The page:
For the better part of three seasons, Andrew Wiggins has been a one-way player. An incredibly offensively talented wing who has been bad on defense. How bad you might ask? Well, Wiggins’ Defensive Box Plus/Minus has been negative every season in the NBA. -2.9 for 2016-17, -2.5 for 2015-16, and his rookie year was -1.8. His Defensive Win Share has never broken one. According to synergy stats, the most widely used advanced stat metric system, Wiggins is statistically a below average defender. He gave up .975 points per possession during the 2016-17 season and that placed him in the 22nd percentile of all NBA players.

Wiggins runs into most of his troubles on defense by standing and watching, much like a certain 2015-16 James Harden. You’ll see in the first clip he allows DeMar DeRozan to get space to the corner and he easily gets picked off by Kyle Lowry. Wiggins has a problem of allowing his man to have ample mounts of free space that even a 256GB iPhone’s storage couldn’t handle.

Here Wiggins gives DeRozan space again, only this time it’s understandable. DeRozan isn’t a lethal threat from the perimeter, but the Wolves defense of Ricky Rubio and Karl-Anthony Towns should handle this. There’s isn’t any reason for Wiggins to be helping this much.

Standing and watching is not the only issue, as Wiggins doesn’t seem to be ready on defense. In this clip you witness players he will be guarding use an offensive move he tends to utilise himself quite well, the backdoor cut. For a wing as athletically inclined as Wiggins he should not be crept past as easily as he is.

With many young defenders, you tend to spot that they don’t communicate very well with each other. Communication breakdowns lead to switching difficulties and makes navigating screens when guarding a primary ball handler like Gordon Hayward extremely difficult. Wiggins will seemly get picked off quite easily, or he won’t fight through screens to adequately defend his man. The Minnesota Timberwolves’ roster is one of the youngest in all of the NBA so communication breakdowns have been frequent for Wiggins’ first three seasons.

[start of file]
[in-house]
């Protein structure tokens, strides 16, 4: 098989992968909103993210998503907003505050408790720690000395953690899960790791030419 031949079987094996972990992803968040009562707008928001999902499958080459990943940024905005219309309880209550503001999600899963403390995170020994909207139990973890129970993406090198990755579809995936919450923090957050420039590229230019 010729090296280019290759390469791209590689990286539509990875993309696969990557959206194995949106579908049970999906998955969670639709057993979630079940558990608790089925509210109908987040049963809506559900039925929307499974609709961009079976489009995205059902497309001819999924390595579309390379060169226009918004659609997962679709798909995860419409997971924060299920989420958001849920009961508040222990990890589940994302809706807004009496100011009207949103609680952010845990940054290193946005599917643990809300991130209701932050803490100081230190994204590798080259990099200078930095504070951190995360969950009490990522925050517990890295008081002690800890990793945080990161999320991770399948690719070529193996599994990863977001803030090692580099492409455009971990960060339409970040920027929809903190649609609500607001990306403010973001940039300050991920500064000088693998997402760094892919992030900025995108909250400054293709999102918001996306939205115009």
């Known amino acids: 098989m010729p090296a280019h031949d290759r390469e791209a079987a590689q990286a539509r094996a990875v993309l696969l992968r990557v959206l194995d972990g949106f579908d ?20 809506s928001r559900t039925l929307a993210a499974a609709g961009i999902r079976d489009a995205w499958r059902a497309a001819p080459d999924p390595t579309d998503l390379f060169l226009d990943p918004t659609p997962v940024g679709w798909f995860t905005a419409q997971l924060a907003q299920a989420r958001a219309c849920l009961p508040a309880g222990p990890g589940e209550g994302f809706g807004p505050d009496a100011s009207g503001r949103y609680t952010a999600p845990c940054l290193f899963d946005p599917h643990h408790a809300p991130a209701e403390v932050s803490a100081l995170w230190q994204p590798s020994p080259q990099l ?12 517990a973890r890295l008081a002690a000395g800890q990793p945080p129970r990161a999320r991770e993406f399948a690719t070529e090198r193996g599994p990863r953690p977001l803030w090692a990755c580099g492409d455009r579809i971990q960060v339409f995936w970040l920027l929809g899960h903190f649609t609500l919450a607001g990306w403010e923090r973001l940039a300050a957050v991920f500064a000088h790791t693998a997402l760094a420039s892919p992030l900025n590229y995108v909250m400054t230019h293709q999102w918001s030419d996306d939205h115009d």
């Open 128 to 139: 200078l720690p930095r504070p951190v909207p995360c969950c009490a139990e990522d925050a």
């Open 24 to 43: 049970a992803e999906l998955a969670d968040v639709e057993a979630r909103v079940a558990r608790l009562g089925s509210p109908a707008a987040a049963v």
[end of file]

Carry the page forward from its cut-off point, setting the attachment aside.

In the examples below, Wiggins does not get to his own man in transition which presents an issue between himself and teammates. The first possession the only explanation for the lacklustre defense seems to be Wiggins being lethargic. He slowly jogs down the court while Gorgui Dieng backpedals quickly and beats Marcin Gortat to his spot. Dieng gets off Gortat to defend the shot but it’s far too late as Otto Porter drains the open three. In the second clip, even though Porter misses the shot, Wiggins doesn’t recognize his teammates are already back. The paint is packed and even though John Wall is a dangerous driver there’s not any room to make a move while Porter, a 40+ percent shooter from beyond is left open.

One Steal a Game is Misleading

There’s been great debate recently over if steals are an over-hyped box score stat, or they have serious meaningful value. For Wiggins it is definitely an over-hyped average in his stat line. He managed to go 30 games without registering any steals at all and then went on to average one steal per game on the season last year. After reviewing much of the 82 steals of 2016-17, he manages to simply get this many steals by the ball just falling into his hands through bad passes or miscues by an opposing player. In the 52 games Wiggins got a steal, 21 of those games he picked up two or more steals, and eight of those 21 he managed three or more.


Wiggins’ career has been defined by potential, latent qualities or abilities that may be developed and lead to future success or usefulness. The wing’s long reach and athletic prowess set in motion the idea he’d be a fairly useful player on the defensive end of the court. So far, defensively he has looked like a lost puppy, but lost puppies can eventually find their way. Wiggins is still only 22-years-old and he does still have all the physical tools to be an average NBA defender at least.